The role of the Drosophila meiotic MCM proteins in crossover formation. Kathryn P. Kohl, Corbin D. Jones, Jeff Sekelsky. University of North Carolina at Chapel Hill, Chapel Hill, NC.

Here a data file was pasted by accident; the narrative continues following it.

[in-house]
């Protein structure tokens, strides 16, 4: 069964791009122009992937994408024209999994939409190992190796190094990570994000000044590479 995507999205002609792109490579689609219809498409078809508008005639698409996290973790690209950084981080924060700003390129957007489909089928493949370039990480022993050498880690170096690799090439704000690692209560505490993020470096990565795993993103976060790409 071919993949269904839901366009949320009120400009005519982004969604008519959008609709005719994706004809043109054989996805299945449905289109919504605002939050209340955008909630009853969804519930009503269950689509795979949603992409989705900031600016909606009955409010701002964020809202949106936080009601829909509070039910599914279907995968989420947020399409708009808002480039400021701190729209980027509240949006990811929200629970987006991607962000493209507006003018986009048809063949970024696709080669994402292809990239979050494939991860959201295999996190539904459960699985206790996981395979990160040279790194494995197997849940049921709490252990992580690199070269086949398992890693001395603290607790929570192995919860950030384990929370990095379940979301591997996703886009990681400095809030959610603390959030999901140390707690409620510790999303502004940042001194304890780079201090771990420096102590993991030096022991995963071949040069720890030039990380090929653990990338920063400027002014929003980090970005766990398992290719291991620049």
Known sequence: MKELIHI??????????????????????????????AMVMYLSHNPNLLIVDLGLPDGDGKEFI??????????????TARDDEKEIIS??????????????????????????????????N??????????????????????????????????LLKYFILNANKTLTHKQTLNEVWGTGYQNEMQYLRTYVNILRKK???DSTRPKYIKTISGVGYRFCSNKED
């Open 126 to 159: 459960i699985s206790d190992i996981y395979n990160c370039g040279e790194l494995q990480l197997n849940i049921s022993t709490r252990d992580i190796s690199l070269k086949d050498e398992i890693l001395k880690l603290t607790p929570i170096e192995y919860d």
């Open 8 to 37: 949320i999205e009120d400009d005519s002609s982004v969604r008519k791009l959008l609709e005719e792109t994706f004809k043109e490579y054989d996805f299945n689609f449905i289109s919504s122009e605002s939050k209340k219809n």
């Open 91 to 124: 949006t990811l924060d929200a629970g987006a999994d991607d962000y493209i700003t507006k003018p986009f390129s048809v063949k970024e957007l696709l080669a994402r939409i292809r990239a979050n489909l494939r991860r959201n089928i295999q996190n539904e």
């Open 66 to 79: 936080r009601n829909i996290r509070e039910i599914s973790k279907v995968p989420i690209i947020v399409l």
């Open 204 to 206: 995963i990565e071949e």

Meiotic recombination increases genetic diversity and aids the proper segregation of homologous chromosomes through the formation of crossovers (COs). To prevent aberrant crossing over the formation of COs is highly regulated. One method of regulation is through the use of anti-CO helicases, which unwind inappropriate recombination intermediates, and pro-CO proteins that prevent these helicases from unwinding intermediates destined to form COs. The Msh4-Msh5 complex has been shown to antagonize the anti-CO helicase Sgs1, the S. cerevisiae Bloom syndrome helicase BLM ortholog. All metazoan genomes have Msh4 and Msh5 except Drosophila and Glossina morsitans (tsetse fly). We identified a novel complex of mini-chromosome maintenance proteins (mei-MCMs) that functionally replace Msh4-Msh5 in flies (Kohl et al. Science 2012). Two of these proteins, MEI-217 and MEI-218, are encoded on one dicistronic mRNA and are structurally predicted to contain MCM N- and C-terminal domains, respectively. The third complex member, REC, was found to be under strong positive selection prior to the split of Glossina from Drosophila, suggesting natural selection drove the repurposing of REC into an antagonist of DmBLM. COs are nearly absent in mei-MCM mutants, but removal of DmBLM in these mutants restores CO formation, supporting the hypothesis that the mei-MCMs promote crossing over by blocking the anti-CO activities of DmBLM. We are now examining the role of the mei-MCMs in CO interference. We created flies with mutations in RECs Walker A and Walker B ATPase motifs. We found that mutation of the Walker A motif allowed normal chromosome disjunction but increased the number of double and triple COs. The Walker B mutant showed high levels of non-disjunction and very few COs. However, the residual COs were distributed normally - a surprising result since mei-MCM mutants are characterized by an altered CO distribution. We also created a MEI-218 mutant with proper chromosome segregation but increased multiple COs, further suggesting a role for the mei-MCMs in CO interference.